Wednesday, September 1, 2010

Walking Amongst Giants

Six months ago, I stopped pretending to be a happy high flying corporate lawyer. In doing so, I struggled with a great deal of grief. Grief over a sense that I had lost my identity, an identity that I had cultivated and fine tuned. Grief that I had turned my back on a life that would easily have given me a great deal of wealth and material goods. Grief that I had convinced myself (and others) that I was a young success in my chosen field only to have slight suspicion that rather, I was a fraud - that I wasn't actually a success, that it hadn't happened because I had engineered it in any crafted way or that it was all a result of having an exact idea of what success was and going after it. I had found myself in the corporate world by accident - and in amongst it, I had totally forgotten why I had become a lawyer.

I forgot why I became a lawyer.

So admitting to myself and others that I was to become "Corporate Roadkill" was confronting, but by laying on those corporate train tracks and allowing the freight train to roll over me, I have had many wonderful things happen to me.

None more wonderful than what happened today.

Today, I met the Honourable Michael Kirby AC CMG, recently departed Justice of the High Court of Australia, and one of the most eminent, well respected, and at times, controversial men in law.

Today, Michael Kirby reminded me of why I became a lawyer. Today, he reminded me that you dont become a lawyer to fight over clauses in contracts, to draft the tightest deeds of release, who can fight the hardest and dirtiest, who can come out with the most amount of money. I wasn't put on this earth to give people legal advice, only to for them to choose which parts they wish to take.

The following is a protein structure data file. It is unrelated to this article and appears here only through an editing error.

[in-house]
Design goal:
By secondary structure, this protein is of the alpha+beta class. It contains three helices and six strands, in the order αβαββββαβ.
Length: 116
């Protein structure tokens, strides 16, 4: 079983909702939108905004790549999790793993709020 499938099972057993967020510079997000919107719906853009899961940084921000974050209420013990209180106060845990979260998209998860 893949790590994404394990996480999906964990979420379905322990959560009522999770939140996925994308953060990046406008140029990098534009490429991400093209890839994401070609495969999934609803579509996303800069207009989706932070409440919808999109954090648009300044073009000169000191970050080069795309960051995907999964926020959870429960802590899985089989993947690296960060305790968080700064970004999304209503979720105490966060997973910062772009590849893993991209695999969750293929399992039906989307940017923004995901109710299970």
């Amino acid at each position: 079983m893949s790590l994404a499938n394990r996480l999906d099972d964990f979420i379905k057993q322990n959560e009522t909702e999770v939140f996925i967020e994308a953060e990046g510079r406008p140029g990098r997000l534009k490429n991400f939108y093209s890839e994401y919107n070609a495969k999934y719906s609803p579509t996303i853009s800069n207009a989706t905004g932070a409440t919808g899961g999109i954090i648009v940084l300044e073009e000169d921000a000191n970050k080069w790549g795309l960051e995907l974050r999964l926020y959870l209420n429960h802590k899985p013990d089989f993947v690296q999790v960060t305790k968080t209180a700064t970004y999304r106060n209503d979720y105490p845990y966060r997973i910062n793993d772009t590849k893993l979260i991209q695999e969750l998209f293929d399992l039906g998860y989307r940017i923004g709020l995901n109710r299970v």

Law is not just what comes out of your mouth or what you put down on paper. The law is in your heart. Its about believing in rights, its about acceptance of wrongs, its about making sense out of ambiguity. Its about human rights, its about remaining apolitical, its about accepting that at times, human justice is imperfect. Its about believing in our Constitution. Its about believing in the rule of law, its about believing in accountability.... I felt more of a lawyer today, than I ever felt standing at the boardroom table, giving advice to people who just want to make money.

Michael Kirby spent a considerable amount of his time standing up for his beliefs about the way justice should be dispensed and he had to do it in a very public manner. He did it without fear, he often did it knowing that he would be the minority, yet held firm when challenged publicly. He may be considered "left wing", he may be considered "argumentative", but he is one of the most popular High Court judges Australia has ever had. And today I met him.

Today, I not only walked amongst a giant, but I made him his tuna sandwich.

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